On my morning commute last week, an interesting radio conversation about grief and consolation made me turn up the volume. The co-hosts of one of my preferred morning radio programs were discussing what we say to our friends who are dealing with emotionally trying, tragic circumstances.
One of the hosts said that he dealt with a difficult personal issue a few years ago. He described conversations he had with friends who wanted to offer their support and condolences, and he said, “Most of them told me, ‘I’m so sorry. I don’t know what to say to you.’”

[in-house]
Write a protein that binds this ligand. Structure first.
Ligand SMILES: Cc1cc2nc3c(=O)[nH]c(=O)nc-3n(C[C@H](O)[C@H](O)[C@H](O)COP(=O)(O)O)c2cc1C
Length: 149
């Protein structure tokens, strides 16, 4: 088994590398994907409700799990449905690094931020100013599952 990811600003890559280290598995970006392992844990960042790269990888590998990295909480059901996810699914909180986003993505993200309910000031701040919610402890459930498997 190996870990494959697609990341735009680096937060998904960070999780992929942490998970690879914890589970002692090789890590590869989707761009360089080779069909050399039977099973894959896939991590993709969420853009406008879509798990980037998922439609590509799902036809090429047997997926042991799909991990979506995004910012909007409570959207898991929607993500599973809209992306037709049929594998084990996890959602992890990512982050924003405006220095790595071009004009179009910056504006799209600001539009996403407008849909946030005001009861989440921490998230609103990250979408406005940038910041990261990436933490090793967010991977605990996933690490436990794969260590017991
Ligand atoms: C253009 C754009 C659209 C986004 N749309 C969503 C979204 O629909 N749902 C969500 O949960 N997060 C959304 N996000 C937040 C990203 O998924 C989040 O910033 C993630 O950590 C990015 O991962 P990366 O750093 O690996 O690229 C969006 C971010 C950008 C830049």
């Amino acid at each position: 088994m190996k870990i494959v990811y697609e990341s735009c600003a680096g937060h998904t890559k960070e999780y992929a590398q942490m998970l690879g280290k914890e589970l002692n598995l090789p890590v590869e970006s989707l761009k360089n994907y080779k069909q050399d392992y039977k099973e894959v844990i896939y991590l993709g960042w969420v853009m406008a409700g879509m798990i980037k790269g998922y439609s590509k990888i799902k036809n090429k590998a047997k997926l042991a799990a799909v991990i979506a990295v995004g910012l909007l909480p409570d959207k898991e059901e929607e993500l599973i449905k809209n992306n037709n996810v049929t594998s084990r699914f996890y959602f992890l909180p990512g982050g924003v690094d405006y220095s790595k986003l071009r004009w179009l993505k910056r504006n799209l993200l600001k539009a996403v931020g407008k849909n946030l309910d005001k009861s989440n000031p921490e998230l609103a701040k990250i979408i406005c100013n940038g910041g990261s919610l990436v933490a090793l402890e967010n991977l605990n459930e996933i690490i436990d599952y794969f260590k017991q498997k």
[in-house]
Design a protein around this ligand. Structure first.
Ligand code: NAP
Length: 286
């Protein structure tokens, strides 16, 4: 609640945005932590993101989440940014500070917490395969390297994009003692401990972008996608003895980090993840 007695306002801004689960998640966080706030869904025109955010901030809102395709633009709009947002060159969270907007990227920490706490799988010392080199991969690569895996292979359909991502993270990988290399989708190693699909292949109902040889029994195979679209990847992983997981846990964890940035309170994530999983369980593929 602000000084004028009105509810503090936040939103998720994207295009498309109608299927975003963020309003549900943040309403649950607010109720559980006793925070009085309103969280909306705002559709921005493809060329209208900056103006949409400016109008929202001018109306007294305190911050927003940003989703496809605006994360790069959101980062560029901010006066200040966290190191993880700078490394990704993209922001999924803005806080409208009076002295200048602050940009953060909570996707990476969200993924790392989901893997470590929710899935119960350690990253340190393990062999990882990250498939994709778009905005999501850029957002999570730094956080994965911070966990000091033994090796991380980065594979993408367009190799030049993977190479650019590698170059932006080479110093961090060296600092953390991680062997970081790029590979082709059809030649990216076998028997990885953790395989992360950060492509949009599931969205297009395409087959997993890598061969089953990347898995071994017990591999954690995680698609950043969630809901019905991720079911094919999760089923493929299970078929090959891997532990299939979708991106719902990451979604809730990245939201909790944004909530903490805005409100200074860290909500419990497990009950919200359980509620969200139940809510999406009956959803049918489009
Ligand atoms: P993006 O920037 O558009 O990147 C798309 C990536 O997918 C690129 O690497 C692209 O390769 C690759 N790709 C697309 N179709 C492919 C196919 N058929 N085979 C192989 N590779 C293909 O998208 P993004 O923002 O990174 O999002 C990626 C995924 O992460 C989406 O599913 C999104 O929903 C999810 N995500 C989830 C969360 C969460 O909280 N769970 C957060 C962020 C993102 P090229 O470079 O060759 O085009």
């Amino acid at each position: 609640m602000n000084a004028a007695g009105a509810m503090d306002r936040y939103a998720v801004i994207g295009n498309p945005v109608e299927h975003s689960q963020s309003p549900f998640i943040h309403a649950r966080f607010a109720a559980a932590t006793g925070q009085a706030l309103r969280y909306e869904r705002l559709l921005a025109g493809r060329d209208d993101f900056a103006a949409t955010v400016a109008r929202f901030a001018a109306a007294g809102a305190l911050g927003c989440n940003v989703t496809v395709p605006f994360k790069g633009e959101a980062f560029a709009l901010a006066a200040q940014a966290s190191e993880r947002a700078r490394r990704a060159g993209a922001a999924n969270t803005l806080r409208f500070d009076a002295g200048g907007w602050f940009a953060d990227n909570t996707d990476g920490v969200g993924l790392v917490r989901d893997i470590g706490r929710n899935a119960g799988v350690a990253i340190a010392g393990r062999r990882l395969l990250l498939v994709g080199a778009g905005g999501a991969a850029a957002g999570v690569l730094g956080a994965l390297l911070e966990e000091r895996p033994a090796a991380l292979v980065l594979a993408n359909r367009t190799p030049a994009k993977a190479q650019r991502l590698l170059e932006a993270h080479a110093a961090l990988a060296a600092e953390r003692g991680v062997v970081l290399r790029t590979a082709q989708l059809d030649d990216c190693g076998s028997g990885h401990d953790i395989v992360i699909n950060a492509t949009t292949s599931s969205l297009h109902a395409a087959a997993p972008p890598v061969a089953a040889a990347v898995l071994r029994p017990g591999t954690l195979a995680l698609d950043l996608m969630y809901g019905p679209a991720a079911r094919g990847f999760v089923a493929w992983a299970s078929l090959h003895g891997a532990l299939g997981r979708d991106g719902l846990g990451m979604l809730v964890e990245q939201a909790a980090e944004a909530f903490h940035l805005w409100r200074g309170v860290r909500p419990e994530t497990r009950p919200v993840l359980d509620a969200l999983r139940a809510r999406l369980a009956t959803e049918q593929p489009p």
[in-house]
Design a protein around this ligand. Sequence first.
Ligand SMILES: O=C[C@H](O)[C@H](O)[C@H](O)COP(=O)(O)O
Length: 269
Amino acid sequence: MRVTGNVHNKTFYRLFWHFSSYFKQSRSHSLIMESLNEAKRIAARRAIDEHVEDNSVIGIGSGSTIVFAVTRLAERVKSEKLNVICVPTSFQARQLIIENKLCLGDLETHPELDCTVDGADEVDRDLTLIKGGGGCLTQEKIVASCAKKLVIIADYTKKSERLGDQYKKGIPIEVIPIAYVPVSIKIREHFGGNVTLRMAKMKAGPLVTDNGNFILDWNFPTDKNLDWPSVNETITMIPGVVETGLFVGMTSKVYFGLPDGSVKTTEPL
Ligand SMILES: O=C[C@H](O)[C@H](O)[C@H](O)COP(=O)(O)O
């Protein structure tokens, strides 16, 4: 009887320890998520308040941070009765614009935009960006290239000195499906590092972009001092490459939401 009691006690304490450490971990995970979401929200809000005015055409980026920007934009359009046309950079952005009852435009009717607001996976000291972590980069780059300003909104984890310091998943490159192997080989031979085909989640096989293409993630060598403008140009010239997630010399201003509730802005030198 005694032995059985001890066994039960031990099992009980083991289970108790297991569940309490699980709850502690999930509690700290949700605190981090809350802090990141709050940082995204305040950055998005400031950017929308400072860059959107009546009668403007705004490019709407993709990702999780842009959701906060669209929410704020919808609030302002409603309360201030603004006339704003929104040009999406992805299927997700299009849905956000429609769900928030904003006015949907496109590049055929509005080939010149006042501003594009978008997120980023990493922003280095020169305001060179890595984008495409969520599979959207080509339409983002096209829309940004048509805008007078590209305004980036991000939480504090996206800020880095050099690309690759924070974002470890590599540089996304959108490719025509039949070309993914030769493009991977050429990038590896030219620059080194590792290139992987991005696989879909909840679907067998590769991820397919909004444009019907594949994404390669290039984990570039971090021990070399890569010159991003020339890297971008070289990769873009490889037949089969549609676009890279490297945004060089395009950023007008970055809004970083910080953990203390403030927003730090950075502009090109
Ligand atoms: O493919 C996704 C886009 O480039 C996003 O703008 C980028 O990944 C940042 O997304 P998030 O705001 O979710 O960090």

And then the host made a particularly interesting comment: “Then my friends opened their mouths anyway — and that’s when I wished they had never said anything in the first place.”
I’ve certainly been on both ends. When I attempt to give my grieving friends comfort or insight, too often I walk away feeling as if I’ve failed. My words are balloons that have come untied, or antiseptic on a burning wound. I long to help — and stumbling over my words, confused over what angle I should take, I feel a miserable failure.
How many of us have admitted that we have nothing comforting to say, and then turned right around and scraped together some kind of awkward, unhelpful comment? Why is it that we feel we must speak, and why do our words so often harm the mourner?